The selector portion 18 is further supplied with an anti-format signal, for example, a pulse at the frequency of 4.702 MHz, from a control circuit 6, and makes a selection according to a signal from a timing circuit 12.
The selected output from the selector circuit 18 is amplified in a recording amplifier 19 and input to a head system (not shown).
Here, the controlling or the like of the memory 7 is performed based on signals from the control circuit 6 and the timing circuit 12.
Further, the timing circuit 12 and the control circuit 6 perform processing in response to a signal from a system control circuit 13.
And, the system control circuit 13 performs signal generation, controlled from a keyboard 23 or a remote control input 24.
When a recording is stopped for some time and then another recording is resumed, there are produced abnormalities in track patterns, track pitches, track angles of inclination, azimuth angles, and so on, at the end and start of the recording.
When a DAT (Digital Audio Tape recorder) is used, an abnormal sound occurring even one time or only for a moment is not allowed, and it is required at the time of record selection that the recordable state is reached as soon as possible, and further, motion of the mechanical system must be simple and speedy.
Accordingly, the present invention was arranged as shown in FIG. 1 to record anti-format signals on the tape during predetermined periods at the end and start of recording.
FIGS. 2A, 2B, and 2C are for showing recorded tracks on tapes when the records were made with the use of a rotary head
When the apparatus in its recording state is brought into the stopped state, anti-format data are recorded for a predetermined period after recording of format data has been stopped, whereas when the same is brought from the stopped state into a recording state, anti-format data are recorded for a predetermined period and thereupon format data are recorded.
Similar effect to that obtained from the above procedures may be provided even if the recording of the anti-format data is performed only in one of the aforesaid two transitional operations.
As the anti-format data, a recording signal whose frequency, for example, is 4.702 MHz is used. But, a signal of another frequency may provide similar effect if it can erase previously recorded signals or format data.
FIG. 2A shows the case of transition from a recording state to the stopped state, in which recording of format data is stopped according to a stopping control signal and then anti-format data data are recorded for a predetermined period. Accompanying the stopping operation, the track pitch, angle of inclination, and so on may be changed, but operations in the signal processing system at the time of reproduction will not encounter any problem because they are anti-format data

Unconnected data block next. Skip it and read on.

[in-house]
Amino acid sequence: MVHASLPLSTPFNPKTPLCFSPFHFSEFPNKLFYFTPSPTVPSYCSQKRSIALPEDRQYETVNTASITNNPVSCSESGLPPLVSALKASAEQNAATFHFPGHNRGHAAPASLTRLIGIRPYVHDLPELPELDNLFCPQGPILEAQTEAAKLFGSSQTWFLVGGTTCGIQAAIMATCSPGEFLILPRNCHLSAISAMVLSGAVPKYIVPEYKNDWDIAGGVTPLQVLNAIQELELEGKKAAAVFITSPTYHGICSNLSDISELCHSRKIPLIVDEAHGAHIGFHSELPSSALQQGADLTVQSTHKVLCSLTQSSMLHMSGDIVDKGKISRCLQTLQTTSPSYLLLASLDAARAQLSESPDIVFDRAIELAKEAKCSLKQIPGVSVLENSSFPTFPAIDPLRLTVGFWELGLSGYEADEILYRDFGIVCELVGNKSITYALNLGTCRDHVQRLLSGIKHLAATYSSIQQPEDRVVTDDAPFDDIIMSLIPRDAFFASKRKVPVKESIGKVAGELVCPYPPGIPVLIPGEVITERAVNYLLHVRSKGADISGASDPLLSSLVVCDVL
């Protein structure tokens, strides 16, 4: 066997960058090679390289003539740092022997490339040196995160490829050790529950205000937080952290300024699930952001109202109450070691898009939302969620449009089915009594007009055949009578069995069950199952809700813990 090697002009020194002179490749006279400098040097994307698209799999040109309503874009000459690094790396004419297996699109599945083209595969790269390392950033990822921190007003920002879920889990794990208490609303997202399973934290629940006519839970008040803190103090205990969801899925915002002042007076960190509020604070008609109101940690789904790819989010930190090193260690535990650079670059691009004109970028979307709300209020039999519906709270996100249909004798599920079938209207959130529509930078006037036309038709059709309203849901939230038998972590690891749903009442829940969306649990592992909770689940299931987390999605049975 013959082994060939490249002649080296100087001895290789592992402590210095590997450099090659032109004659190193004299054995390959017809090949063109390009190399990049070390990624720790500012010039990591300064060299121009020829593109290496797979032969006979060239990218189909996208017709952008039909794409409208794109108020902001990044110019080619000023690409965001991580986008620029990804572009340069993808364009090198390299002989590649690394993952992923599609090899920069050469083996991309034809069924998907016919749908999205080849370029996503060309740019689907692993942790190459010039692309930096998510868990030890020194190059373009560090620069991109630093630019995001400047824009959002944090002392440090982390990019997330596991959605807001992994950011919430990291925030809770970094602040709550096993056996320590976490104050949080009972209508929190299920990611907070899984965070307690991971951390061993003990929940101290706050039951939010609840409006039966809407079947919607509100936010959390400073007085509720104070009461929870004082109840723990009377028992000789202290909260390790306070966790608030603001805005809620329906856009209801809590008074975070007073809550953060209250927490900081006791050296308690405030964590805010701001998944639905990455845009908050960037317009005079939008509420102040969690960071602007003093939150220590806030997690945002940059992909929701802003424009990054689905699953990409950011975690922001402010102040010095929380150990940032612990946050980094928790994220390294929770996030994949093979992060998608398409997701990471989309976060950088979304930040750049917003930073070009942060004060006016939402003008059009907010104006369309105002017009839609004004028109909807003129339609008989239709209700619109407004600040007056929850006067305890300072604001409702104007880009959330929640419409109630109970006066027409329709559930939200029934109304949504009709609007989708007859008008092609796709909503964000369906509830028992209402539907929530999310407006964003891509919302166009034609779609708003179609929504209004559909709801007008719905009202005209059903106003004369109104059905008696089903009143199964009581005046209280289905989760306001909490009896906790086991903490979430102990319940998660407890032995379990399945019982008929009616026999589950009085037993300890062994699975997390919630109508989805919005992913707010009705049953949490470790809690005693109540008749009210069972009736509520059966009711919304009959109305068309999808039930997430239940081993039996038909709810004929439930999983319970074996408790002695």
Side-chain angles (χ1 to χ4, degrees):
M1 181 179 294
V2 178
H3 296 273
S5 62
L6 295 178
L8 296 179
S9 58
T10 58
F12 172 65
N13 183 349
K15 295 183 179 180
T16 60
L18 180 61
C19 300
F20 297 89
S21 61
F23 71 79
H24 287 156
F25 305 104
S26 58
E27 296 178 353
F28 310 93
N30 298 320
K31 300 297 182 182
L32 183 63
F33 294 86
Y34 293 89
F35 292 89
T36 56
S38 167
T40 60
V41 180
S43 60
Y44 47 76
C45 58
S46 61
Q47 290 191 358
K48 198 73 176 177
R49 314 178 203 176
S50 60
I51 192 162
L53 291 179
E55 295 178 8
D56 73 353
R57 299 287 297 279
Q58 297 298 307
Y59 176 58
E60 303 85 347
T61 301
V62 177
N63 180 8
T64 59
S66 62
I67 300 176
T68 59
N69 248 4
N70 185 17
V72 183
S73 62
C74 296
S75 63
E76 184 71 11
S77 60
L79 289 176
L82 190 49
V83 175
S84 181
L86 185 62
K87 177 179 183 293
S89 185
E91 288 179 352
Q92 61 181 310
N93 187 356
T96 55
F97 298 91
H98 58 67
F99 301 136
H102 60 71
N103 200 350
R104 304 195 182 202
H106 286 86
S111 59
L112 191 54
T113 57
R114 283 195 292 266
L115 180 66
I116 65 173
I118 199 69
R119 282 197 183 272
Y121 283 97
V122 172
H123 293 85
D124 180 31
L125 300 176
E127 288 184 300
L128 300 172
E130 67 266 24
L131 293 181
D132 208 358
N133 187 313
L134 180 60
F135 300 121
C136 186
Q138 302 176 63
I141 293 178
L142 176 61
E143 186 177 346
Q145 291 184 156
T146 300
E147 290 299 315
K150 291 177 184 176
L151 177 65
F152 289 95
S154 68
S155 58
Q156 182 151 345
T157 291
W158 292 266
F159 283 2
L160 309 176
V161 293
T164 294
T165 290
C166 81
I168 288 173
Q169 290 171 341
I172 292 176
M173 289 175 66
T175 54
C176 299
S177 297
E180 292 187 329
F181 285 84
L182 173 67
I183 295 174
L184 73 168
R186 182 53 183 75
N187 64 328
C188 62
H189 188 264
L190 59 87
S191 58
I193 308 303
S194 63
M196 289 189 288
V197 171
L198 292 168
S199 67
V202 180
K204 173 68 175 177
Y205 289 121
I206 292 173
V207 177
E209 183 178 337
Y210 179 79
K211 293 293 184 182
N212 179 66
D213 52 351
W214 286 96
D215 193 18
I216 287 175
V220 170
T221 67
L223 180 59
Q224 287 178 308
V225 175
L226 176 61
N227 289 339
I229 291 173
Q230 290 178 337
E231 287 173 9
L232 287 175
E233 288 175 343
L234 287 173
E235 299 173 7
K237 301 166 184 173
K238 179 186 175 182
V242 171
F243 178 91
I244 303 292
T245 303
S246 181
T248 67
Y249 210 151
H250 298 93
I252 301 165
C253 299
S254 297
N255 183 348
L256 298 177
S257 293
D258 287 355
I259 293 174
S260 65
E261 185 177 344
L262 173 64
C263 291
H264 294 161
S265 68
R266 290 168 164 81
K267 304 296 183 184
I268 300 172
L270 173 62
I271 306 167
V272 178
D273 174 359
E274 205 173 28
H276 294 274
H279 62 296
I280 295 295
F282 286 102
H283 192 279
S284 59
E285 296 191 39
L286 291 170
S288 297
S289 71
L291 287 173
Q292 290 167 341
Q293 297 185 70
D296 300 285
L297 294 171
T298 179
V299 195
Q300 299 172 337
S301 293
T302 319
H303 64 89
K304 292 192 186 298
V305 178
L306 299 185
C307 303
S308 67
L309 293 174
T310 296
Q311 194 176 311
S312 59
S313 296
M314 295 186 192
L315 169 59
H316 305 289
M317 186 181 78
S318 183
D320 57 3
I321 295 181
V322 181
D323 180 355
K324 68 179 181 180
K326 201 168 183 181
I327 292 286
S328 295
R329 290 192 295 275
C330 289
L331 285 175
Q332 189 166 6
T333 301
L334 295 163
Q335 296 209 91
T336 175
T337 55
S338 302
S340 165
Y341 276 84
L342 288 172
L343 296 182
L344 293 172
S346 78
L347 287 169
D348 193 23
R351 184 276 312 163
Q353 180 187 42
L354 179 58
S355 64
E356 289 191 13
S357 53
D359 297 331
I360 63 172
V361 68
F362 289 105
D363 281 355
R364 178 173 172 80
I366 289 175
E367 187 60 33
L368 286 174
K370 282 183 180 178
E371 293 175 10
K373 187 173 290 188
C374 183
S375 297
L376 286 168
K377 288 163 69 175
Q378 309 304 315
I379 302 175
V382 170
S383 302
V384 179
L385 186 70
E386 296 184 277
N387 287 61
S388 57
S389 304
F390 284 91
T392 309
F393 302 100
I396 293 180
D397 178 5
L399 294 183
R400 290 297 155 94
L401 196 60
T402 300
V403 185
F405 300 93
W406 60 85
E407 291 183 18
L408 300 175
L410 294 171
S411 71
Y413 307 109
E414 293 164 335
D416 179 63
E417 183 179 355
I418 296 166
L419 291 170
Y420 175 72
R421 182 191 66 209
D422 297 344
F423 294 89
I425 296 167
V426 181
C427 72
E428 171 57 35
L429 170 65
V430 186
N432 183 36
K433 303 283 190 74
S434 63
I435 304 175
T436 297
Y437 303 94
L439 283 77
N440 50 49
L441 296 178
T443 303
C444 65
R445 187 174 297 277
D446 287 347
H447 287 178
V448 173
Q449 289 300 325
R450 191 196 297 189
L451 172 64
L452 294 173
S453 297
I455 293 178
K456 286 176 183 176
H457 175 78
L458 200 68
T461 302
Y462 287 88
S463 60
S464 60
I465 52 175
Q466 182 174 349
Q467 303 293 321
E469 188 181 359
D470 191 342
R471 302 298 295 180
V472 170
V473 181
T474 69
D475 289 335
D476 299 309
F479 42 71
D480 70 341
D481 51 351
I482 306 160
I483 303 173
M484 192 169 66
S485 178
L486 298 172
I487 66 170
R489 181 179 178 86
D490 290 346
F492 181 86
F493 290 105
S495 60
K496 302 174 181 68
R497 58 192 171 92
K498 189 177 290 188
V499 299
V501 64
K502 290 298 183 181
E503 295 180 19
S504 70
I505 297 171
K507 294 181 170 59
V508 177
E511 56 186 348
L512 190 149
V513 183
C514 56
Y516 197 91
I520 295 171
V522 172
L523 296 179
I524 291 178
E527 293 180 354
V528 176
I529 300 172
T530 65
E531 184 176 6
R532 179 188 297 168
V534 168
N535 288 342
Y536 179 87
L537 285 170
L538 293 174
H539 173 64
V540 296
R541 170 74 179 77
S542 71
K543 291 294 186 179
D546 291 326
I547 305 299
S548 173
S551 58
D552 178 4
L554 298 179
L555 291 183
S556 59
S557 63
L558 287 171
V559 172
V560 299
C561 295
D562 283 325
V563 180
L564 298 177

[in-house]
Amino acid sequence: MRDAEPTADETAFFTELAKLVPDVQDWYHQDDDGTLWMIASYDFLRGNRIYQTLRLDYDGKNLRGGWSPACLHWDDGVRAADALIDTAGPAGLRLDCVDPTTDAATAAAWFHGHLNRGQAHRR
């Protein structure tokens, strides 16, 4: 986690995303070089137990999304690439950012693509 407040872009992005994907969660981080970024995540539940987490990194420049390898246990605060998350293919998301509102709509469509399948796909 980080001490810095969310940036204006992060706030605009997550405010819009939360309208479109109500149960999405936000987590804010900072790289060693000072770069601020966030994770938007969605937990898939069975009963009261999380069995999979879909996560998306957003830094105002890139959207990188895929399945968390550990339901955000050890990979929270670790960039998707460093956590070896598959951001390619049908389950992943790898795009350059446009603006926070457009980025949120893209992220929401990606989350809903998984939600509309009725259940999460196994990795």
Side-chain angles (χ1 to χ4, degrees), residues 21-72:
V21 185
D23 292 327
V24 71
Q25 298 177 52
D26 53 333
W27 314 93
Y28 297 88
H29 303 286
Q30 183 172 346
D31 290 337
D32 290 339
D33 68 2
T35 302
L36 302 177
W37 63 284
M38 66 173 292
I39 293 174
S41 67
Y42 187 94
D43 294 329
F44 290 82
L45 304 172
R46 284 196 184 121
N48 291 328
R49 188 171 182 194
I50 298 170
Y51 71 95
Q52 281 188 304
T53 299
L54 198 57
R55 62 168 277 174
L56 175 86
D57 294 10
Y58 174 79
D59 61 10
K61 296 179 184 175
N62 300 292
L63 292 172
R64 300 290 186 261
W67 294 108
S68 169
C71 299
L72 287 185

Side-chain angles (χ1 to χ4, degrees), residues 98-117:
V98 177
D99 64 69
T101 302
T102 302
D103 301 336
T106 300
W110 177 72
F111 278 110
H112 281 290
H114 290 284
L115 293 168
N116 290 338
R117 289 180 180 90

FIG. 2B shows the case of transition from the stopped state to the start of recording, in which anti-format data are recorded for a predetermined period according to a record starting control signal and then format data are recorded. At this time, if, for example, the recording of the anti-format data is started simultaneously with the record starting control signal, then it may occur that the recording is made on the tape in the stopped state, but there is no problem produced from such overwriting because the data are anti-format data.
FIG. 2C shows record patterns produced in the boundary area when a recording is resumed after a stopped recording. There are recorded both the anti-format data made at the time when the preceding recording was stopped and at the time when the subsequent recording was started.
As described in the foregoing, anti-format data are not dependent upon the track pitch or track format, and therefore, it provides an advantage that it does not interfere with decoding or de-interleave processing at the time of reproduction.
Further, by recording anti-format data at the time when the tape is just started to be fed, old data remaining unerased or abnormal recording can be prevented from occurring even if recording operation is performed without reversing the tape.
FIG. 3A shows recorded patterns on a tape in the transition from a recording state to a non-recording (e.g., recording stopped) state, whereas FIG. 3B shows them in the transition from a non-recording (e.g., recording stopped) state to a recording state. In either case, there are sometimes caused disturbances in the track format such as that of the track pitch occurring in the track pattern or that of the signal record area within a track during the periods of time until the tape feed is stopped or stabilized.